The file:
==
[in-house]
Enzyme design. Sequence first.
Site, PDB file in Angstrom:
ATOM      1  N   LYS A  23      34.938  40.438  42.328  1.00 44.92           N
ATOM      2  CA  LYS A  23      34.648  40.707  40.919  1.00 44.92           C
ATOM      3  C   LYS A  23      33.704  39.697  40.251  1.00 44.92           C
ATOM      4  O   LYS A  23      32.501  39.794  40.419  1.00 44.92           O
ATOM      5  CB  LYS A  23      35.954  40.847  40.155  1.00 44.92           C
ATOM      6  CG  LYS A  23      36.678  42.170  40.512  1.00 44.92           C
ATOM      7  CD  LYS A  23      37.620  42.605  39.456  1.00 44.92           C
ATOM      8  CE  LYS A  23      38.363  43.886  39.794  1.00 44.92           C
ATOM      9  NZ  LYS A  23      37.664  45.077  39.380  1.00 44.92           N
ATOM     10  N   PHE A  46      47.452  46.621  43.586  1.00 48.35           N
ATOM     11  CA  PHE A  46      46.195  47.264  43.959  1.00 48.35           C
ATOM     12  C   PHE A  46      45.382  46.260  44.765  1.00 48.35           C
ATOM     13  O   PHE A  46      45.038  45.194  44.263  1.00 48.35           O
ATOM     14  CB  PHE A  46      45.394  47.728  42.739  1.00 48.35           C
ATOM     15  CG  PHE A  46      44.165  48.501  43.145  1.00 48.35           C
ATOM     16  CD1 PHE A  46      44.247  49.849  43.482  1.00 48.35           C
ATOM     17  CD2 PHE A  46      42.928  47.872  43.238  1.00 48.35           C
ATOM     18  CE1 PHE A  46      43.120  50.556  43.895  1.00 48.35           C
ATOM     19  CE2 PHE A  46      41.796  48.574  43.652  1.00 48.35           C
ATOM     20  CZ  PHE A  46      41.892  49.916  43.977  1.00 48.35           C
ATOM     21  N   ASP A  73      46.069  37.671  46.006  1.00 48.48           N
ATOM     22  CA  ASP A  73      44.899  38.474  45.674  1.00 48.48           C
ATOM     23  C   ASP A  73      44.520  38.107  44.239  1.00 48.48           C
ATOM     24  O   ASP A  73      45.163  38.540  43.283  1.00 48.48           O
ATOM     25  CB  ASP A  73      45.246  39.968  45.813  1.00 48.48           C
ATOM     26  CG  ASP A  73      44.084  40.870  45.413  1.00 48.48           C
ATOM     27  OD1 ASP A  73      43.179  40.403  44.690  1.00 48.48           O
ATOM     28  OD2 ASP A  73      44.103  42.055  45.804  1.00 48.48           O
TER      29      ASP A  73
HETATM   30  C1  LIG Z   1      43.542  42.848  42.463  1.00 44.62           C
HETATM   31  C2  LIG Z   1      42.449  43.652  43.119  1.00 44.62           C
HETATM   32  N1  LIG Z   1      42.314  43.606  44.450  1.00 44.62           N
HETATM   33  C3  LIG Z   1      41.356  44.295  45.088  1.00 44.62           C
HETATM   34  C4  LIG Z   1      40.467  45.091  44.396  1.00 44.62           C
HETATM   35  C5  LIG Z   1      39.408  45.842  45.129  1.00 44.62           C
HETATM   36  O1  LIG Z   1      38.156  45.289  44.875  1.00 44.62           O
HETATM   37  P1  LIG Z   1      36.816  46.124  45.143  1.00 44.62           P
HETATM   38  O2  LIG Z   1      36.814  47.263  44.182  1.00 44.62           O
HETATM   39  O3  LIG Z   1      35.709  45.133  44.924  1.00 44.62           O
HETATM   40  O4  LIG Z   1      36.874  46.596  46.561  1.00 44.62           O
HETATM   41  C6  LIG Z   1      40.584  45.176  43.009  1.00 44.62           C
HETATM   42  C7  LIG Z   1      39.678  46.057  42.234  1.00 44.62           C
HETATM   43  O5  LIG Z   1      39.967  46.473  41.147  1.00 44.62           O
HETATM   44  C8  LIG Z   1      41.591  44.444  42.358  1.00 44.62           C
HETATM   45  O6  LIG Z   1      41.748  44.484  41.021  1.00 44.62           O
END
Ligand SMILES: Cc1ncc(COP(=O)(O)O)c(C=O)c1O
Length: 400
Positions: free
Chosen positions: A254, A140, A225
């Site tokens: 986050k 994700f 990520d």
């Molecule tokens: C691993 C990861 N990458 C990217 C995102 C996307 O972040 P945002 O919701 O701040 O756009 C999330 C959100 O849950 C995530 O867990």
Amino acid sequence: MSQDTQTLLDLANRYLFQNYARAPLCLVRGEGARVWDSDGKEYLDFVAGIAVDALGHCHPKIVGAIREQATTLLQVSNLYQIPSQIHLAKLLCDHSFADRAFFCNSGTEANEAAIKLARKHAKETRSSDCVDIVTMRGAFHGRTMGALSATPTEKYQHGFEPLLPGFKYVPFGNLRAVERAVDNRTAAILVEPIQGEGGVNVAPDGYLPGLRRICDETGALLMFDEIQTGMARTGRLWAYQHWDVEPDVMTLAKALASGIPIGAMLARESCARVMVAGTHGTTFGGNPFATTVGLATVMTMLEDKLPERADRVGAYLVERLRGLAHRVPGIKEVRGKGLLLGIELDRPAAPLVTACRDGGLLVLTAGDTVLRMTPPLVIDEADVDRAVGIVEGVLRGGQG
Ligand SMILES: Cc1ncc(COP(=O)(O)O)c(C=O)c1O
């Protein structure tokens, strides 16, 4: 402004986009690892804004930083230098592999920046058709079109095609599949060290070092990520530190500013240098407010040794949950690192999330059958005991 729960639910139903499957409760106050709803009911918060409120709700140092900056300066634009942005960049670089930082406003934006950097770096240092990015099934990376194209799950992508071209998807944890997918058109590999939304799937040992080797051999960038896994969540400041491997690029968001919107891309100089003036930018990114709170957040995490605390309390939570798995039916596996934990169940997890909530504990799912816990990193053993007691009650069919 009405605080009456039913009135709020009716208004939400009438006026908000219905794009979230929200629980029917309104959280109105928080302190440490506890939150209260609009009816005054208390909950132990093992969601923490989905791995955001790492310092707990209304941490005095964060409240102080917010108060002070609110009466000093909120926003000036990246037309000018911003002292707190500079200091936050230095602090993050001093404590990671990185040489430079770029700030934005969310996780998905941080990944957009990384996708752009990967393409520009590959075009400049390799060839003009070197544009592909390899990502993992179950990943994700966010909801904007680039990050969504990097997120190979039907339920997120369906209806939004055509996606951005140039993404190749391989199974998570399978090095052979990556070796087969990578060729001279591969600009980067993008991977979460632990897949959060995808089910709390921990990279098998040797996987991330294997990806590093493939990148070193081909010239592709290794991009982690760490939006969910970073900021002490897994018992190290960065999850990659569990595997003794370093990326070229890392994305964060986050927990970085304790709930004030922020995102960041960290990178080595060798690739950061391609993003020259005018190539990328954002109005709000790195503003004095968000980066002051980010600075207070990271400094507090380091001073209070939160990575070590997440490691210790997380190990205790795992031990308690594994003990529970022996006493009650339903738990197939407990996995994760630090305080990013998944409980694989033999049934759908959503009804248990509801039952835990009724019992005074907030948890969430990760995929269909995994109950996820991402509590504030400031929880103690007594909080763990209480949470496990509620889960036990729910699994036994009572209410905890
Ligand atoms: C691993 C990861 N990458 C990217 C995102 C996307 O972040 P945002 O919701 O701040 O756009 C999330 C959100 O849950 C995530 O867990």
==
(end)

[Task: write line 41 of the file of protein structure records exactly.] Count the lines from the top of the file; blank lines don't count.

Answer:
HETATM   38  O2  LIG Z   1      36.814  47.263  44.182  1.00 44.62           O